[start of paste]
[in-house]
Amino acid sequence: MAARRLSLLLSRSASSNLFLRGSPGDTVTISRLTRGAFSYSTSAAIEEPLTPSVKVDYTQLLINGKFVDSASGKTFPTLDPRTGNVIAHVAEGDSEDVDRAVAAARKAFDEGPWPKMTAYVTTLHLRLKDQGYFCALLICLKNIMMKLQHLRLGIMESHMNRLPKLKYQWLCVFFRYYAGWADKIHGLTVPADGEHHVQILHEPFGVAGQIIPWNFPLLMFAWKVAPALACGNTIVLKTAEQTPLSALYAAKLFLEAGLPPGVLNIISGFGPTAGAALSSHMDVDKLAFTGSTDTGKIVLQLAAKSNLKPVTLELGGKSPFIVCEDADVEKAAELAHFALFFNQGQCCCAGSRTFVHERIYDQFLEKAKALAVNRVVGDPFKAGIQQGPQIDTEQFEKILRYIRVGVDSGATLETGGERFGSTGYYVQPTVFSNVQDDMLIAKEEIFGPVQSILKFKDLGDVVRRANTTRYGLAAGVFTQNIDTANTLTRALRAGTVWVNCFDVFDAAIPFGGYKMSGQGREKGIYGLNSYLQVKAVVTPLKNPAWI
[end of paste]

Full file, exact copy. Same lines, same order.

[in-house]
Amino acid sequence: MAARRLSLLLSRSASSNLFLRGSPGDTVTISRLTRGAFSYSTSAAIEEPLTPSVKVDYTQLLINGKFVDSASGKTFPTLDPRTGNVIAHVAEGDSEDVDRAVAAARKAFDEGPWPKMTAYVTTLHLRLKDQGYFCALLICLKNIMMKLQHLRLGIMESHMNRLPKLKYQWLCVFFRYYAGWADKIHGLTVPADGEHHVQILHEPFGVAGQIIPWNFPLLMFAWKVAPALACGNTIVLKTAEQTPLSALYAAKLFLEAGLPPGVLNIISGFGPTAGAALSSHMDVDKLAFTGSTDTGKIVLQLAAKSNLKPVTLELGGKSPFIVCEDADVEKAAELAHFALFFNQGQCCCAGSRTFVHERIYDQFLEKAKALAVNRVVGDPFKAGIQQGPQIDTEQFEKILRYIRVGVDSGATLETGGERFGSTGYYVQPTVFSNVQDDMLIAKEEIFGPVQSILKFKDLGDVVRRANTTRYGLAAGVFTQNIDTANTLTRALRAGTVWVNCFDVFDAAIPFGGYKMSGQGREKGIYGLNSYLQVKAVVTPLKNPAWI